Could More Support For 'Whole Child' Learning Help Indiana Keep Teachers?

Feb 28, 2019

Hundreds of school professionals met in Bloomington this week to focus on how they educate children – including their emotional and social needs – and organizers say the efforts could help Indiana make progress on key education issues.

Indiana School Mental Health Initiative director Cathy Pratt says schools focusing on a child’s entire set of needs can help prevent teacher burnout, while improving life outcomes for Hoosiers.

“One of our concerns is that oftentimes our teachers don’t have the support,” she says. “And they lose the resilience because of trying to be compassionate towards these children who have very very tough issues.”

But Pratt says for teachers to get that support, schools need more funding.

“We can’t keep asking schools to do more and more without giving them more money,” she says. “I think we’ve stretched them beyond their limits.”

Teams from districts across the state met at the state’s first Educating The Whole Child Summit to share ideas and plan how to build up systems of support in their own schools.

Professionals at the summit say focusing on a child’s needs outside of academics can play a vital role in teacher retention and keeping schools safe, but social and emotional learning are crucial for improving student learning.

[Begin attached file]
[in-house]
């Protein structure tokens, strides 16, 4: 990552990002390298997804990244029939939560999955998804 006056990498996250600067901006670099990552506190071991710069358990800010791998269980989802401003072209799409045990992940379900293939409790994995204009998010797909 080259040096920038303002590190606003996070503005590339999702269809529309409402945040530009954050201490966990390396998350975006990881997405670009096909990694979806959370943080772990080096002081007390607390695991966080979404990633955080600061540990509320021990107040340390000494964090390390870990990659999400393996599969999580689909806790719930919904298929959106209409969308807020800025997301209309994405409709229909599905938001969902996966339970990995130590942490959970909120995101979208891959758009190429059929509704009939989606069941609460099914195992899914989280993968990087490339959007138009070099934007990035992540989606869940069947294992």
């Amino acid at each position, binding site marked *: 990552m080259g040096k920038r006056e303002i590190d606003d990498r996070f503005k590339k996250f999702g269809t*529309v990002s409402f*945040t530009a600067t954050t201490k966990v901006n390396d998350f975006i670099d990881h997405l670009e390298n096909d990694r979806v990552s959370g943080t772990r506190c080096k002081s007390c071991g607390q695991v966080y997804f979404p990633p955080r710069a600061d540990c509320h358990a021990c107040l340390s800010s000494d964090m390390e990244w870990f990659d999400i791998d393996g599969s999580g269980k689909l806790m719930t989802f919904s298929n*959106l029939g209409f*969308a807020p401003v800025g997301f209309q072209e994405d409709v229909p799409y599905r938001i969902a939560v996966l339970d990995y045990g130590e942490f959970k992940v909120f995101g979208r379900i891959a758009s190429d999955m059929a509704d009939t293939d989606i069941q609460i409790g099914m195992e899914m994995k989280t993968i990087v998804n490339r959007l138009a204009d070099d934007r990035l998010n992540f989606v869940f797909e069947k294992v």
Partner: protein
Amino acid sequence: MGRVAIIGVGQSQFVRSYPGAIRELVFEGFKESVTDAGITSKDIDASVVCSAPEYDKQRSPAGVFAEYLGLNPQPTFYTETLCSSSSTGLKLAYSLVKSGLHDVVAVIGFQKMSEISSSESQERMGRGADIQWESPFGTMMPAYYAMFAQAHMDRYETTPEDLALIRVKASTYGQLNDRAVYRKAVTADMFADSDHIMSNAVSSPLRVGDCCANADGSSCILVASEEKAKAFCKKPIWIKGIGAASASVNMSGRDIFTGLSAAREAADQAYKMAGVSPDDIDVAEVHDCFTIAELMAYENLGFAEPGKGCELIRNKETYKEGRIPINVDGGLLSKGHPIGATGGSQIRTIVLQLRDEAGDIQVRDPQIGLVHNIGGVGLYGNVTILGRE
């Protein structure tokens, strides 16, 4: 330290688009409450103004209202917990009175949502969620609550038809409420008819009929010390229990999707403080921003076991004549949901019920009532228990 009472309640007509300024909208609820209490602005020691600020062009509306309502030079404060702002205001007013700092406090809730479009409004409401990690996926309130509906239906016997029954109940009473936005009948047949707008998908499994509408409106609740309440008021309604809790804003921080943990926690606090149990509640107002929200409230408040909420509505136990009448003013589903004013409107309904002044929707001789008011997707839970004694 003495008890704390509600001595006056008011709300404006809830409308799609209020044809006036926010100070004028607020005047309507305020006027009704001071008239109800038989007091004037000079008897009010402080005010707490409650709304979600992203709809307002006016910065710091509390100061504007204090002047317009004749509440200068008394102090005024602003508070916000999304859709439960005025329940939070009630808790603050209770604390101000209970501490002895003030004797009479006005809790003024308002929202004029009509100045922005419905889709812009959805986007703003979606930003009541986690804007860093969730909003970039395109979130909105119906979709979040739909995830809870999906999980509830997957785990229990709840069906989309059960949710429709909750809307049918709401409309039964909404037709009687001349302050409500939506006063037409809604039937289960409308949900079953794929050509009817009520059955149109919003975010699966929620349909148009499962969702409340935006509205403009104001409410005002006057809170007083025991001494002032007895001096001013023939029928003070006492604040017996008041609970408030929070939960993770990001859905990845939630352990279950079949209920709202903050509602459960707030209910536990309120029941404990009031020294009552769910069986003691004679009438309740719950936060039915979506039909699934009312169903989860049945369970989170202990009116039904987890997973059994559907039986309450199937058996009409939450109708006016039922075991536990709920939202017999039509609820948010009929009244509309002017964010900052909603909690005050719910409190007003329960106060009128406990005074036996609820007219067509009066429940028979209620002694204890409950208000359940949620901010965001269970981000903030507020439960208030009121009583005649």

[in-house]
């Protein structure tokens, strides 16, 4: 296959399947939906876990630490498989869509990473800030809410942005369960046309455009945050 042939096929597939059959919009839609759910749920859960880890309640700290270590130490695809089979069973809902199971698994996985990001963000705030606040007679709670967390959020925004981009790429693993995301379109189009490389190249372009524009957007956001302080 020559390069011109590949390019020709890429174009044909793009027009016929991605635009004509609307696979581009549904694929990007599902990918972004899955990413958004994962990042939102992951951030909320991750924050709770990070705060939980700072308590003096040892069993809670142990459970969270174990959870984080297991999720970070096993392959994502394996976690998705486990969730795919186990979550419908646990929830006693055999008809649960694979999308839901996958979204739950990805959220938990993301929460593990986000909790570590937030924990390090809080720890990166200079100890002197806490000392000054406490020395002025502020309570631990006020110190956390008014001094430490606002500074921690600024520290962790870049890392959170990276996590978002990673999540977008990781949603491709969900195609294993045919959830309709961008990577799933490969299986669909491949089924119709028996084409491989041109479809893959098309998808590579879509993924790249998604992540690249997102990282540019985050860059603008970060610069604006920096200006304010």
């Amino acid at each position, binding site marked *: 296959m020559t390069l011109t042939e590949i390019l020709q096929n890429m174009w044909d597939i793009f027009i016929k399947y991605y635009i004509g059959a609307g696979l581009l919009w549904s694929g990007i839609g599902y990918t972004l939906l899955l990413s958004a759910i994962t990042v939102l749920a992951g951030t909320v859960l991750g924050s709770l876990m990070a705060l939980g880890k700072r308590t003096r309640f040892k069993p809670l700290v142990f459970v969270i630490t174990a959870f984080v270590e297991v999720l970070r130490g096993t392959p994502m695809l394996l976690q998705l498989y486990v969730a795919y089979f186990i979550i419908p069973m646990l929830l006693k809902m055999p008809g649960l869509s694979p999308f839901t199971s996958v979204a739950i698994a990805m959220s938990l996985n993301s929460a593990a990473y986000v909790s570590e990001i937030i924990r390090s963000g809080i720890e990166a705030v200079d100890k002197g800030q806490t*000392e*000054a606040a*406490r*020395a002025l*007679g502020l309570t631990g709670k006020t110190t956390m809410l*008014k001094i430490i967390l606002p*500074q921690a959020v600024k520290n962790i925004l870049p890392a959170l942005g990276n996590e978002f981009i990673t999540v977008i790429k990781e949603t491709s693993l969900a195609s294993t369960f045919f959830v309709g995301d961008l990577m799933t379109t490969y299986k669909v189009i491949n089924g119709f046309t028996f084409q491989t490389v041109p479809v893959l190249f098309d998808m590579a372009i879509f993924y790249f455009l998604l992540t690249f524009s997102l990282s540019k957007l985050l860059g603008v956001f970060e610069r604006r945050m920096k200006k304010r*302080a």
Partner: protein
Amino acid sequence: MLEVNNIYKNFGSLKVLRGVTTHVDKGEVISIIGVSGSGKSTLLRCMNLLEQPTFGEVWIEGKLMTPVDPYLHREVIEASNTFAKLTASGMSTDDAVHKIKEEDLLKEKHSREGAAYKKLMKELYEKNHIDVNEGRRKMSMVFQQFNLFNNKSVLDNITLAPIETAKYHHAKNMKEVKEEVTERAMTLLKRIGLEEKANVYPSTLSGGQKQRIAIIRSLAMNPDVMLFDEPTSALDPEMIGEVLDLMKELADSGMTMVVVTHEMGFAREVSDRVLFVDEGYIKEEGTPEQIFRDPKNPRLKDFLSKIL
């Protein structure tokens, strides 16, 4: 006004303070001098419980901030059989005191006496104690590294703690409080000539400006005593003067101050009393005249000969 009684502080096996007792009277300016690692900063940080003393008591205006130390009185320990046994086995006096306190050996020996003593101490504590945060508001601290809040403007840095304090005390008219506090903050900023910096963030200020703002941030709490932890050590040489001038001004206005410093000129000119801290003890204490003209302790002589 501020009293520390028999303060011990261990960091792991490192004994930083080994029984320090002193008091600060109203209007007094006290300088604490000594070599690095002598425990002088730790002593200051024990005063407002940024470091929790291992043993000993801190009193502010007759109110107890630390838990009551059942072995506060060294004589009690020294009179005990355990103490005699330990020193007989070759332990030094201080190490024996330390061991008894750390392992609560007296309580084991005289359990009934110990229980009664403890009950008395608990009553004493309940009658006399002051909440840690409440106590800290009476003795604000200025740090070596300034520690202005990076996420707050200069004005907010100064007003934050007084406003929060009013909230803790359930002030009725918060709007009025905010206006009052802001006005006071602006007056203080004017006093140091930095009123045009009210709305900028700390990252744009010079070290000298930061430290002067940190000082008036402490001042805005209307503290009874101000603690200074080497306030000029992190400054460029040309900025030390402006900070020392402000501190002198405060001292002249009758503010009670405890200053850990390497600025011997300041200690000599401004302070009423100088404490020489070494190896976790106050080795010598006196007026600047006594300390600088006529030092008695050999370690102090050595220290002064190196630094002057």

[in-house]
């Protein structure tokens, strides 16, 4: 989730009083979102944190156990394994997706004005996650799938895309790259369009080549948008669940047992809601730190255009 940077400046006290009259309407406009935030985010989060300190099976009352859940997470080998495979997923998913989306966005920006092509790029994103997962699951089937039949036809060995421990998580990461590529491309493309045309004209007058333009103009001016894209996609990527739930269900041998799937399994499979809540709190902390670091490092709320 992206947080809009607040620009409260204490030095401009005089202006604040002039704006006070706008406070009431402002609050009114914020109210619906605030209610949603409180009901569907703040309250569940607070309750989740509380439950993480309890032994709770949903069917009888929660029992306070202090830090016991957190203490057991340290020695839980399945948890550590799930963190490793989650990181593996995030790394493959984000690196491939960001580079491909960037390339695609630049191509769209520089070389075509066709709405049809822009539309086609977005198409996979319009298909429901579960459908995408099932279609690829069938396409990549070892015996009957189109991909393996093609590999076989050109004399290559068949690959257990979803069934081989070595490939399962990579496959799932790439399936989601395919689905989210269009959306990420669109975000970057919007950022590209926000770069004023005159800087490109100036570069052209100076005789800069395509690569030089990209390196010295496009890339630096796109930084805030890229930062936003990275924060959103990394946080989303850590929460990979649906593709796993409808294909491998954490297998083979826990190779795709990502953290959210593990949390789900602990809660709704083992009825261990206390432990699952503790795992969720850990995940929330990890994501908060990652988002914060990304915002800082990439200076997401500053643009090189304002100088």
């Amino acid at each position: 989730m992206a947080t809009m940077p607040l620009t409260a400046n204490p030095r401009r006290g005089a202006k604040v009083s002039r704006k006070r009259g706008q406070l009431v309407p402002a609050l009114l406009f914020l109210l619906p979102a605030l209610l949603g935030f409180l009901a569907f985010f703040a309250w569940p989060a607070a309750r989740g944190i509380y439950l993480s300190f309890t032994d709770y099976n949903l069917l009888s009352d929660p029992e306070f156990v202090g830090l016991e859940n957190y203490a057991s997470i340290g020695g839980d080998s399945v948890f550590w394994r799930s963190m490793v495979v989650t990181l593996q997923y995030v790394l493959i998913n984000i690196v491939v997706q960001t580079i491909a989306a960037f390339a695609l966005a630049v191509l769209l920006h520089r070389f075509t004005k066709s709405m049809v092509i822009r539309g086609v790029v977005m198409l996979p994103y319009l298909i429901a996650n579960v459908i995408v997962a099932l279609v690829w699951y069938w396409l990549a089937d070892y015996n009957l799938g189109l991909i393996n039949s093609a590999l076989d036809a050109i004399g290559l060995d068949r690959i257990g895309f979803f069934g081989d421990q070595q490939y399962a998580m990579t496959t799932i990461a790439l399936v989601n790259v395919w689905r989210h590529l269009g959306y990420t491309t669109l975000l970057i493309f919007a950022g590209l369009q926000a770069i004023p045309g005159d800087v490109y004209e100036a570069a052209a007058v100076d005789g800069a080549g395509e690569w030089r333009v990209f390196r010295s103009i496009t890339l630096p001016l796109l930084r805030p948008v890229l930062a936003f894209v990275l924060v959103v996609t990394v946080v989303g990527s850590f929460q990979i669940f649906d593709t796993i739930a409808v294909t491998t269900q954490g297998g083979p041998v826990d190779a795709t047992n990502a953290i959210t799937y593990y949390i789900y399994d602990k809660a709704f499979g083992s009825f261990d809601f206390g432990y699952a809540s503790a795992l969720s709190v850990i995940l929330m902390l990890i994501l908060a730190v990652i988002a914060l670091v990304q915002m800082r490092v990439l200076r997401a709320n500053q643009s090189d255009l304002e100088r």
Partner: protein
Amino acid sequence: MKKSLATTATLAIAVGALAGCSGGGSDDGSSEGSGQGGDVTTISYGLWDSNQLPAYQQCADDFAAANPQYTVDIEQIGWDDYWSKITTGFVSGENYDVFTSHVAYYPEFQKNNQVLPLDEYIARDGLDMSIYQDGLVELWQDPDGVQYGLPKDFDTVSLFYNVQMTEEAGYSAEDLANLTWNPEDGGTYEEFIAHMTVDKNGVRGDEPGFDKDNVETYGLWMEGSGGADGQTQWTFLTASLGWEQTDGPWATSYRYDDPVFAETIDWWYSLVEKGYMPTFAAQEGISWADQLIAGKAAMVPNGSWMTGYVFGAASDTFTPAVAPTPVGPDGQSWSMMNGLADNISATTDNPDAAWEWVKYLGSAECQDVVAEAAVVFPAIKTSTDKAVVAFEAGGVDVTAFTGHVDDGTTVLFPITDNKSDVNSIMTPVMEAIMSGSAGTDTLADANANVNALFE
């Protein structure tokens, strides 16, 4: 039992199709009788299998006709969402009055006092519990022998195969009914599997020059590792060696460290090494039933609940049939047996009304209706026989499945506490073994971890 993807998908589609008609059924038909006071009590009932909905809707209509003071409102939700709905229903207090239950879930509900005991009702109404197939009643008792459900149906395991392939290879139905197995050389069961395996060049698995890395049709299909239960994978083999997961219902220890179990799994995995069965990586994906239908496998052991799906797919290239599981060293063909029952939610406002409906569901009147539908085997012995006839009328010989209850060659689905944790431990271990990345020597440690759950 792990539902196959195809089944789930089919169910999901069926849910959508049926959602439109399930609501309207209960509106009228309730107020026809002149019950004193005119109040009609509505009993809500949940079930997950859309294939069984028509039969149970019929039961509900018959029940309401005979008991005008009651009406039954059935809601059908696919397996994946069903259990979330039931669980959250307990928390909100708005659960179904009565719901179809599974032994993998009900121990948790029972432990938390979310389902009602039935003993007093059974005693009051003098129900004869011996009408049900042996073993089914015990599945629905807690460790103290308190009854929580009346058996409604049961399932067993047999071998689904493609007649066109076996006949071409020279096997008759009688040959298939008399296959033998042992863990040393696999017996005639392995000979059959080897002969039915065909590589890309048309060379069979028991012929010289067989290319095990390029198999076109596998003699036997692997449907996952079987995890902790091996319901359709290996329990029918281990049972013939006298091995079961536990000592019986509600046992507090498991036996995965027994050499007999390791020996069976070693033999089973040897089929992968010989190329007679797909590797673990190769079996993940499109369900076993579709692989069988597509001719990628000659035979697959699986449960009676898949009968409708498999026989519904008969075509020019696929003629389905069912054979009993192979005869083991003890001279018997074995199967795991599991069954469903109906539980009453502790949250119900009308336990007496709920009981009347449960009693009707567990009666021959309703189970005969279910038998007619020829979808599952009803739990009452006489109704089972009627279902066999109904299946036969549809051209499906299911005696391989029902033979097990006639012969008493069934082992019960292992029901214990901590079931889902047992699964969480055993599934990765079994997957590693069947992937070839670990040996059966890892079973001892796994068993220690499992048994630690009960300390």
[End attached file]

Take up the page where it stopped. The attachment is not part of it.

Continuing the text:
Pratt says addressing a student’s needs in school also gets to the root of another hot topic in Indiana: preparing kids with soft skills they need in the workforce. But ultimately, she says, when schools can invest in efforts to meet all of a child’s needs it leads to greater student success.

“There’s a lot of research out there that shows when children are socially and emotionally healthy, they do better academically,” Pratt says. “Testing doesn’t achieve it, changing curriculum doesn’t achieve it.”

Lawmakers are focusing more on mental health and social emotional learning in schools as they work through school safety measures. The Senate approved a school safety bill earlier this week that largely focuses on getting more mental health programs in schools.